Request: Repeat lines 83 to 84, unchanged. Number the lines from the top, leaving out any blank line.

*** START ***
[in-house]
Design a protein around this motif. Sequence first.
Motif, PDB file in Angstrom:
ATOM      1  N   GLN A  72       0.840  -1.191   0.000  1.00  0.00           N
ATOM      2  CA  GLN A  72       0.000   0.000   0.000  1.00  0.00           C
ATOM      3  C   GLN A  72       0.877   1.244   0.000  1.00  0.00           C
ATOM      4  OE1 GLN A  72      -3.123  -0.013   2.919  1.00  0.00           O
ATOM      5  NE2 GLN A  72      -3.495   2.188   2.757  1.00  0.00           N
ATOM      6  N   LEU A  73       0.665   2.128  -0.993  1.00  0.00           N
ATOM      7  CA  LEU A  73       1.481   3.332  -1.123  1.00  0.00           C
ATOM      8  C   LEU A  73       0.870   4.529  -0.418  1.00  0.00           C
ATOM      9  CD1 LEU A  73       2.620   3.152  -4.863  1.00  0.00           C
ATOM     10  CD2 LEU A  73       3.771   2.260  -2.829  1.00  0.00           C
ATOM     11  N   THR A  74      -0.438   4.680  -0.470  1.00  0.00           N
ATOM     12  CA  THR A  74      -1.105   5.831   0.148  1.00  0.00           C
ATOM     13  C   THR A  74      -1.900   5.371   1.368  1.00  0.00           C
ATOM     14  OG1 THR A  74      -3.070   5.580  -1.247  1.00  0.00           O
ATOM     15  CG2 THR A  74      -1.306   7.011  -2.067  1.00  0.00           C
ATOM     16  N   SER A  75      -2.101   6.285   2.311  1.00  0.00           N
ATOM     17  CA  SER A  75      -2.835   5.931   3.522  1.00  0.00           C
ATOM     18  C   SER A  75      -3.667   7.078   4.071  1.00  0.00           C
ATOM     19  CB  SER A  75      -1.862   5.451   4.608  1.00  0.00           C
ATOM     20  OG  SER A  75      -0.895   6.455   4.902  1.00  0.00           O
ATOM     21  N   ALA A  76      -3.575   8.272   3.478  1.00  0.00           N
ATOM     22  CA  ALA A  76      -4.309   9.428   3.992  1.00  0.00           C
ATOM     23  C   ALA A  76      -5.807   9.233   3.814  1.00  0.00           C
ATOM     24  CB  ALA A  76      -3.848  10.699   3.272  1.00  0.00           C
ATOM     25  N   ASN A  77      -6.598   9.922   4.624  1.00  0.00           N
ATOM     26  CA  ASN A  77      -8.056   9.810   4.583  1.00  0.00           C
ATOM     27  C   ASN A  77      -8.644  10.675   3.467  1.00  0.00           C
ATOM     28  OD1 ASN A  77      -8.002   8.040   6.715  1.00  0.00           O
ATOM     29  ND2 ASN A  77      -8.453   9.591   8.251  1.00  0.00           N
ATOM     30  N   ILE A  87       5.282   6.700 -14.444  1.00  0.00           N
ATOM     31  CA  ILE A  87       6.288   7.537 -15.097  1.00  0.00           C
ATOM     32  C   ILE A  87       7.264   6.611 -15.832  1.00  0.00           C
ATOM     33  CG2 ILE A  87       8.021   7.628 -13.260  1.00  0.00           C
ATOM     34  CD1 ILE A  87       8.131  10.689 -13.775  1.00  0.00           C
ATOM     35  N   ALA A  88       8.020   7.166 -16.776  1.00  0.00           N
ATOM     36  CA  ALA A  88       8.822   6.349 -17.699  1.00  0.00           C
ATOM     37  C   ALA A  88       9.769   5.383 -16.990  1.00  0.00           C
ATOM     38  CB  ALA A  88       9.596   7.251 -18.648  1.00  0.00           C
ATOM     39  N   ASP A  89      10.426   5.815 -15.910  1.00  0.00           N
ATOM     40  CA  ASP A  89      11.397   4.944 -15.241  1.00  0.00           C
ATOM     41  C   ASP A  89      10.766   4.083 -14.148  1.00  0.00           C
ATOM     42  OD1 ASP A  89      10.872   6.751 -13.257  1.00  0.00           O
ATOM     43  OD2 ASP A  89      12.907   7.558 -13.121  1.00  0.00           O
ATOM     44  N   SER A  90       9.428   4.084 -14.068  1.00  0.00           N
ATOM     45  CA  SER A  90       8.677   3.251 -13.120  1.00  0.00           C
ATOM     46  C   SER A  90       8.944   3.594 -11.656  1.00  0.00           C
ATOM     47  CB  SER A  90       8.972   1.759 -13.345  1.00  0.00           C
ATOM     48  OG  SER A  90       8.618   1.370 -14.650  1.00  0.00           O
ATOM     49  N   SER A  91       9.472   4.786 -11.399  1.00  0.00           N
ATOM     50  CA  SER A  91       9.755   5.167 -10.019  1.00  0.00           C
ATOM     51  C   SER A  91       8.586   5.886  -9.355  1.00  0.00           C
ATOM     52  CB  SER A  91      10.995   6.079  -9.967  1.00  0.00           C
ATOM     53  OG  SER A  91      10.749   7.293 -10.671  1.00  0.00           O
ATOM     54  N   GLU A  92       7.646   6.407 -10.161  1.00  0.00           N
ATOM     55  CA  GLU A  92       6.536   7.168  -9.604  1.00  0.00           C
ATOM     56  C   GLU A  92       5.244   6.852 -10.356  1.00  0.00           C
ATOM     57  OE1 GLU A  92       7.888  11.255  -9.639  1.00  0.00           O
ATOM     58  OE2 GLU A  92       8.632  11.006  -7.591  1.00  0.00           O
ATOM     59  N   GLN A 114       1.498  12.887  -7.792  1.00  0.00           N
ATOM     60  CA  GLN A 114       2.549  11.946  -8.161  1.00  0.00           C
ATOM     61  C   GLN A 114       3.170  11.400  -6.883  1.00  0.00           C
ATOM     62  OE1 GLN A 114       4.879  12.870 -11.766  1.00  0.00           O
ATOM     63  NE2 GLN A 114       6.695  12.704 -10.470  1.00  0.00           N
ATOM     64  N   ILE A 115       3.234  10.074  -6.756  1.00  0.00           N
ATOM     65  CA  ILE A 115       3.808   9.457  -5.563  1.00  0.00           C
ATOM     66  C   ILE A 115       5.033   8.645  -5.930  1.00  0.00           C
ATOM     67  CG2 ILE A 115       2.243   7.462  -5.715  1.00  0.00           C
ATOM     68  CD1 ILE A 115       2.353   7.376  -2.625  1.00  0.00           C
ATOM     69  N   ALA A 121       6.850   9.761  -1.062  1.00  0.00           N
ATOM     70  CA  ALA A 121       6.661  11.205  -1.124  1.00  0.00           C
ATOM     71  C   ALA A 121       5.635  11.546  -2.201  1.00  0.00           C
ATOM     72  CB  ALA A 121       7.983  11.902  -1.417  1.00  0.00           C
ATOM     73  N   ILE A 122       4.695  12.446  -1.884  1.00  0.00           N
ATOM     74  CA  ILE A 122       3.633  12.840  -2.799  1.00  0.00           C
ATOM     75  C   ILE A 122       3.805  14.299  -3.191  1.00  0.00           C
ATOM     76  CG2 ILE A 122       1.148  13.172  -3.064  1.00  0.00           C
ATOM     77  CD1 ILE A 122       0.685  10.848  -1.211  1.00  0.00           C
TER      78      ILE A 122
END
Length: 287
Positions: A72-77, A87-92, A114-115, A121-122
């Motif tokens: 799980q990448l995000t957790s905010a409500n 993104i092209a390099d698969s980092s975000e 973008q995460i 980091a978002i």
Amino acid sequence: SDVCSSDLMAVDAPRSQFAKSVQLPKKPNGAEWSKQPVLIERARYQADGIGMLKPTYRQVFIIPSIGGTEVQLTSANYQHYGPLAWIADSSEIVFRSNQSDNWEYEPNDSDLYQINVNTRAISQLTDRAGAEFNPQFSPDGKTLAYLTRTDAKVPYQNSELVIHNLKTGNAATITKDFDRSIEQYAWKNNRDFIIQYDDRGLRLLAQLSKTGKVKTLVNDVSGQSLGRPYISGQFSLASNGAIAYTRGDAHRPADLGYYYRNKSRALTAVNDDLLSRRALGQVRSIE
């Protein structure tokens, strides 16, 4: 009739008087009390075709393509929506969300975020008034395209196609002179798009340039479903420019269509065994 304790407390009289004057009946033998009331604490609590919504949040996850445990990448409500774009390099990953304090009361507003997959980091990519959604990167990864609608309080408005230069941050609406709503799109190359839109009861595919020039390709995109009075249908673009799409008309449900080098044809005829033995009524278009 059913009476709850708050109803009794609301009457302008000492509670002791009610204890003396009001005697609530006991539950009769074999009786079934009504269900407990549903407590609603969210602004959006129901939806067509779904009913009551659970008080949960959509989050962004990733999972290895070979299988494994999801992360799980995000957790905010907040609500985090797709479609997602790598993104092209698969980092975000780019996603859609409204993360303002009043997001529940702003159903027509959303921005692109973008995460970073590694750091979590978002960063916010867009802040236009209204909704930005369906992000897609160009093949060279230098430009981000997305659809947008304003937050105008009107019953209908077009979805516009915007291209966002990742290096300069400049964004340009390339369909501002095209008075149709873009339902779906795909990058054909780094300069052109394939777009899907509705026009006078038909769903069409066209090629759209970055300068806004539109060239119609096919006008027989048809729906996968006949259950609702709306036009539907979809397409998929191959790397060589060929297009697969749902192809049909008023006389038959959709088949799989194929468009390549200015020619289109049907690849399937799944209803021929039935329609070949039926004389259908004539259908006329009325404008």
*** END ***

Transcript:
Length: 287
Positions: A72-77, A87-92, A114-115, A121-122